The last and most humble of my purchases was this cheerful yellow bowl, in perfect condition, marked dishwasher and microwave safe.

This, too, was $1.50. But for an extra serving bowl for the holidays, I didn't quibble. New, I'm guessing I could find something similar at a discount store for $10 or $12.

So how did I do for eight bucks in about an hour one cool autumn Saturday morning? I estimate the total retail value of these items (not including tax or shipping or insurance, which could be considerable)
to be approximately $250.00. And that's what's so fun about garage sales.
Now tell me about the great buys you have found at yard sales or thrift shops. Please share!

Note to my children: When I kick the bucket, please don't just chuck all of this stuff in a dumpster. That old platter may be worth more than you'd think... Love, Mom


Sunday, October 18, 2009

Richard Russo in Glens Falls, NY

Last Friday night, the Handsome Husband and I rambled up to Glens Falls, NY, to hear author Richard Russo speak at the lovely Crandall Library there. We both like Russo's writing, having been introduced to him years ago through his early book, The Risk Pool, which takes place in this general part of the world. Over the years, we've foisted copies of his novels on visiting relatives, leaving our own library somewhat depleted of his work.

On Friday, we restocked a bit, buying Russo's new book, That Old Cape Magic (HH* has already finished it). We are now the happy owners of a signed first edition. We also purchased a paperback copy of one of my favorites, Nobody's Fool, which Russo also signed.
In response to an audience question about what he likes to read, Russo mentioned that he had been a judge for the 2009 PEN Hemingway award for a distinguished first book of fiction. He rattled off a list of his recommendations from the first novels and short story collections that he read this past year. You can see them here at the Red Fox Books (Glens Falls) website.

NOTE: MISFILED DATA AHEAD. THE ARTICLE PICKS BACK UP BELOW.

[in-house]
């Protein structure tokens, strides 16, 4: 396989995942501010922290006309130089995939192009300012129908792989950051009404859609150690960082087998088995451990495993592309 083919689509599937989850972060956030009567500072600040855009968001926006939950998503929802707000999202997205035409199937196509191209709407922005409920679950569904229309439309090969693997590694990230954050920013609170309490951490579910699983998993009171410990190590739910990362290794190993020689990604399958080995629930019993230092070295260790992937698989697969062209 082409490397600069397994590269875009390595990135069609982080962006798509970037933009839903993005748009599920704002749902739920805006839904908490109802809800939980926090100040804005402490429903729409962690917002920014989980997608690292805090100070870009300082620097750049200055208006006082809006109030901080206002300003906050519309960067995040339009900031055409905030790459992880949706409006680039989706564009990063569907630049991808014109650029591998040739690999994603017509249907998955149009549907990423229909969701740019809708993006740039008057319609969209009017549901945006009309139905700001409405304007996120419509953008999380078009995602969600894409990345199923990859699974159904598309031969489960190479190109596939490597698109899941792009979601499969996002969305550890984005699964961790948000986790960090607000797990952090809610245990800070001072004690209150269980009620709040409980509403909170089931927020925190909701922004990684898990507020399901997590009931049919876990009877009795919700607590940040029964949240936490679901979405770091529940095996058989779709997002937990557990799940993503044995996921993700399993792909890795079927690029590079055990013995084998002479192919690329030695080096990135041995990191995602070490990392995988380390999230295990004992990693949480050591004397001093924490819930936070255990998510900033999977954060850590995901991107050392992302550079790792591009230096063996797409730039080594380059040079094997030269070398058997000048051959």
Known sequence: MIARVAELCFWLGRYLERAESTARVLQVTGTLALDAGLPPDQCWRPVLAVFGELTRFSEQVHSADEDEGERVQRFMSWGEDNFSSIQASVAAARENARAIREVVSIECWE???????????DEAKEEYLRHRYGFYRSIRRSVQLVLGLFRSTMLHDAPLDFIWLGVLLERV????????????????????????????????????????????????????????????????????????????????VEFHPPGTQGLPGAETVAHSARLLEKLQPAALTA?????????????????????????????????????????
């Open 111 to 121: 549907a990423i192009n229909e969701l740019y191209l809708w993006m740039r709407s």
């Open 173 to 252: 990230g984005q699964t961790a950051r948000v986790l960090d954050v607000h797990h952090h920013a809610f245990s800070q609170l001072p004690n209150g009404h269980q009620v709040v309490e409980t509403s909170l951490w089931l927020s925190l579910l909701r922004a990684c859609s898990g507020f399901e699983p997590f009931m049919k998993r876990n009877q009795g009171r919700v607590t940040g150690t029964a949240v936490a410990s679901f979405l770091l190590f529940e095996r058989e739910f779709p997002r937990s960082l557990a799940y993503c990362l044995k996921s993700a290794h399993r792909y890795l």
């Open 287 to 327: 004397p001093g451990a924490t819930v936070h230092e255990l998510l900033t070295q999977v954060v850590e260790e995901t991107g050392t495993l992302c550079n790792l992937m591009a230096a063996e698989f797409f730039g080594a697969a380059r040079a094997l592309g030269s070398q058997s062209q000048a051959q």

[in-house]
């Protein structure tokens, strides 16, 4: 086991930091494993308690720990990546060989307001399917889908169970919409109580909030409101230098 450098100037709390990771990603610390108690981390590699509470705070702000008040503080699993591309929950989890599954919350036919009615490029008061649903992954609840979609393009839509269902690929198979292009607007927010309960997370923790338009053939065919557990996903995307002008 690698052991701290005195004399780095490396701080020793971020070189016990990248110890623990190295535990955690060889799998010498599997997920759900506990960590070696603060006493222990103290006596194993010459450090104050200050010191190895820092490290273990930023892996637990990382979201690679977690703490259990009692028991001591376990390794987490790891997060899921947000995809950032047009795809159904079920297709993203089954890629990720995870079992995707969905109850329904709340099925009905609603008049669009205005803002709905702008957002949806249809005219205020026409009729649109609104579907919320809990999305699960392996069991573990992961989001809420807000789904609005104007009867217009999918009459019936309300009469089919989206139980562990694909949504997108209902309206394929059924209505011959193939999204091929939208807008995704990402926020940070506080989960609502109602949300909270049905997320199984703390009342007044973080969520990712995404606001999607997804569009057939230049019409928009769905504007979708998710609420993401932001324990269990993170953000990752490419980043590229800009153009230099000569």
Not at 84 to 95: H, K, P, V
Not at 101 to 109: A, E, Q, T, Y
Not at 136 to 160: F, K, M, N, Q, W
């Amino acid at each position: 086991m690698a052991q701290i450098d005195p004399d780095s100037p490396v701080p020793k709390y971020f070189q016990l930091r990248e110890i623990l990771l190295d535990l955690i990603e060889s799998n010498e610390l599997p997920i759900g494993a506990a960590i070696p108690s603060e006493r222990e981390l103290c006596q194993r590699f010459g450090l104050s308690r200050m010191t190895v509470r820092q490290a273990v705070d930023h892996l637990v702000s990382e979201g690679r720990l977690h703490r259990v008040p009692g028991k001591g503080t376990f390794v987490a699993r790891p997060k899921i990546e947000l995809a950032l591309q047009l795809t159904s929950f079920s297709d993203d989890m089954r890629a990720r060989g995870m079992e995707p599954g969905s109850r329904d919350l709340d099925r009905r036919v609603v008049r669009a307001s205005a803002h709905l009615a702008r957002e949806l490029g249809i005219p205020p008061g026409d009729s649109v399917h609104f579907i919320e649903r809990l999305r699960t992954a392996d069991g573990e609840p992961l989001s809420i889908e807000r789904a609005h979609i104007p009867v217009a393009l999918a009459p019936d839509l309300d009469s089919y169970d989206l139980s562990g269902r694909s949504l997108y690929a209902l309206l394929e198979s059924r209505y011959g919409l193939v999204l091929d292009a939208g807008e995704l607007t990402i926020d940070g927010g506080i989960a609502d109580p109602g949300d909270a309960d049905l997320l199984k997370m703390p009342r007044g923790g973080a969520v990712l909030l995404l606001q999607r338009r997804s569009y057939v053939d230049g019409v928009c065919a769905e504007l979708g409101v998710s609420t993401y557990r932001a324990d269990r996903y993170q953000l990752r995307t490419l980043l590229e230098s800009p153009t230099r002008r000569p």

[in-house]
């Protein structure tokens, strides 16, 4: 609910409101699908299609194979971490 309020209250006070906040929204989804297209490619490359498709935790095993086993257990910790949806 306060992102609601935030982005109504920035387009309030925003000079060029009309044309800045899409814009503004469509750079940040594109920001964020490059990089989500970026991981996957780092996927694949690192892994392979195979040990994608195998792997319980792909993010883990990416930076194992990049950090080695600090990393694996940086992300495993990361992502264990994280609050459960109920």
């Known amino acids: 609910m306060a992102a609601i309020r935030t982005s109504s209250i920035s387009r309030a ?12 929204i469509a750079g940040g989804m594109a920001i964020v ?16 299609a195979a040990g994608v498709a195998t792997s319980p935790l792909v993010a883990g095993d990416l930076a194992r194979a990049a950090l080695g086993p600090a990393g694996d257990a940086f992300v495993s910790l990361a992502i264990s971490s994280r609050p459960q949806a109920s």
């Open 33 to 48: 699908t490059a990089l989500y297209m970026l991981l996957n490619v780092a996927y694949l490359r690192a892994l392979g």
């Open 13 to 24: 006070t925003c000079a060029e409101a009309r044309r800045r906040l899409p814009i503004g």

I plan to add them to my own reading list.
Russo was a good speaker. He's been on a long tour promoting his latest book. When asked, he said that he wasn't tired of being asked the same questions over and over, but he was very sick of his own same answers.
And as for the speedy reading HH*, he gives That Old Cape Magic a thumbs-up.
* HH = Handsome Husband

Friday, October 9, 2009

Molly Red Riding Hood

Twenty years ago this month, my biggest worry was that I needed to finish my then four-year-old daughter's homemade Little Red Riding Hood costume in time for her nursery school Halloween party. That was then...
Last night, we heard from our now grown up soldier daughter that she had reached Germany safely, on her way back to the USA after completing her first tour of duty in Afghanistan. The real dangers of this world have been all too clear to us these last months. Far worse than fairytale wolves lurk in the far hills of Afghanistan.

I slept better last night. I am so relieved that our daughter is safe. I continue to pray for the sons and daughters of others who are still in harm's way. And I thank them for putting their lives on the line, trying to keep the big bad wolves away from our homes.

I am very proud that, like the brave Little Red Riding Hood, our daughter has faced a dangerous and difficult assignment and come through it. Welcome back, Molls. We love you very much.




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Sunday, October 4, 2009

How to find tag sale bounty even when you're not really trying...

I love garage sales. I just do. They are like treasure hunts. And since my flinch point is quite low, I rarely spend more than a few dollars (and often much less) for things I enjoy having. There is the added satisfaction of reusing or repurposing something that is no longer wanted by someone else. Even our family dogs are second-hand pets.